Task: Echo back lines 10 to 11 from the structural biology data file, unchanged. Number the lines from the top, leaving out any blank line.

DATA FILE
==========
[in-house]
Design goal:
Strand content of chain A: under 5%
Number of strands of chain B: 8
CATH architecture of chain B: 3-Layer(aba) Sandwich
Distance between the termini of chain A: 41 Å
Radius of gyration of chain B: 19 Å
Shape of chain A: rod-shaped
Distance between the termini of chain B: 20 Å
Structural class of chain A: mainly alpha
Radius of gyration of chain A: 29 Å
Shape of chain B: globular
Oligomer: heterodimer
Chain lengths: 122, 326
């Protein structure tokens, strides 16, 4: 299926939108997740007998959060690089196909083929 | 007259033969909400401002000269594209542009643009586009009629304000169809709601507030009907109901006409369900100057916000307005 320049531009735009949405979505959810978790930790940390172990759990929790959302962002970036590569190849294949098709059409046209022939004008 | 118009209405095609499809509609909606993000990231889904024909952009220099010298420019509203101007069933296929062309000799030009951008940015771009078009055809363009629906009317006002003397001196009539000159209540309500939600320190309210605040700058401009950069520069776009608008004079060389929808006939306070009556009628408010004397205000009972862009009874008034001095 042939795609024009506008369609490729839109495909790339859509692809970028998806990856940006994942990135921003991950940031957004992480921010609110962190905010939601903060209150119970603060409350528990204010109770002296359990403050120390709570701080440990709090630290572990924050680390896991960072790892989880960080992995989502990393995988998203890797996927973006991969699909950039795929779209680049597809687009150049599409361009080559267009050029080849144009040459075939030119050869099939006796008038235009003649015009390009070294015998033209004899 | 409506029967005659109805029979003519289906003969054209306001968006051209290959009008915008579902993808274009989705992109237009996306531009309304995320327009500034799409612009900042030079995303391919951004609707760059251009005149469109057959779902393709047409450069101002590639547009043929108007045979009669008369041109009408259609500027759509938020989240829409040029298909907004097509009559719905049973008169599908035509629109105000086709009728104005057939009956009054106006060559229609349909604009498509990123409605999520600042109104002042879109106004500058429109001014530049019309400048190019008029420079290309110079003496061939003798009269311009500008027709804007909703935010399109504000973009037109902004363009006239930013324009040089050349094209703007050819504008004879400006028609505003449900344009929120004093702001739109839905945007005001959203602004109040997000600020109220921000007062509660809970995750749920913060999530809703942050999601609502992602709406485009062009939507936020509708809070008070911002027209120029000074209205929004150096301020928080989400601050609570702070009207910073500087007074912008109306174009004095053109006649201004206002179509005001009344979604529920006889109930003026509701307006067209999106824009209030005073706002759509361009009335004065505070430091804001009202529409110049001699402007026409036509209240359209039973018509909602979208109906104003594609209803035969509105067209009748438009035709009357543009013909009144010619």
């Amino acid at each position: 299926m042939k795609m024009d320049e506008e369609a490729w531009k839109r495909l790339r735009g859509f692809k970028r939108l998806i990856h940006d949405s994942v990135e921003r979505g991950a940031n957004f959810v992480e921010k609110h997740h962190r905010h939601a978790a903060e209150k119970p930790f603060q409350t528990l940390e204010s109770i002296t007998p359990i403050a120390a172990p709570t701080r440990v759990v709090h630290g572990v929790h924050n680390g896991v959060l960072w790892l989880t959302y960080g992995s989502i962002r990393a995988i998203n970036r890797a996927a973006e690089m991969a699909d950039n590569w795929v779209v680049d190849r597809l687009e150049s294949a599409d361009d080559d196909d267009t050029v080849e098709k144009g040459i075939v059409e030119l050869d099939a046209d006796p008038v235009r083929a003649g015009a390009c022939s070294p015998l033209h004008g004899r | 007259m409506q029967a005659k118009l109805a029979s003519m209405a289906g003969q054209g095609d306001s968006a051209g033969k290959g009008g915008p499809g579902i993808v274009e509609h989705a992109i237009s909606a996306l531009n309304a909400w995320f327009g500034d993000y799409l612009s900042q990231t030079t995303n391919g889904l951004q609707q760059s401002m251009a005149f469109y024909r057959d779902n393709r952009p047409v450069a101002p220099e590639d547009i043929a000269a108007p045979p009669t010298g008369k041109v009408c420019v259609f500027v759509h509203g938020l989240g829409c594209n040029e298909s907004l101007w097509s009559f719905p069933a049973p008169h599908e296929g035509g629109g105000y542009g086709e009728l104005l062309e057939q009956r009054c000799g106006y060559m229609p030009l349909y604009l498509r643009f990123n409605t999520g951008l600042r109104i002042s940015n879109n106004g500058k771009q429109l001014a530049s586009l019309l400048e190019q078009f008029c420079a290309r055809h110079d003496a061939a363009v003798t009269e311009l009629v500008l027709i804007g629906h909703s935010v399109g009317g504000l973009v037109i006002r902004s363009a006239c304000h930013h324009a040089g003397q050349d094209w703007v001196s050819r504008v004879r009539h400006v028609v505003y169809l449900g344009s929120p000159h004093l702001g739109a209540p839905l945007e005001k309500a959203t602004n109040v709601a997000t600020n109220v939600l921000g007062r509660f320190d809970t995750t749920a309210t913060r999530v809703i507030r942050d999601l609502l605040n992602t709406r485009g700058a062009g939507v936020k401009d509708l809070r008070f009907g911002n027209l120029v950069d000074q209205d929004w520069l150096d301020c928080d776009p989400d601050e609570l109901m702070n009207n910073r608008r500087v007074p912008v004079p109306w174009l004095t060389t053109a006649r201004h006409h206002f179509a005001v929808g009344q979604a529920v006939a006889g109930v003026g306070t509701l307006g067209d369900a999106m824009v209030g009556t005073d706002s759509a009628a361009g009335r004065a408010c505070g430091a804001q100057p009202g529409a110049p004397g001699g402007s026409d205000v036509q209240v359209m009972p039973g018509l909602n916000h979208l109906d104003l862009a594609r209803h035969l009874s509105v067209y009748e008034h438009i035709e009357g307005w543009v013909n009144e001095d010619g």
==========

Structural class of chain A: mainly alpha
Radius of gyration of chain A: 29 Å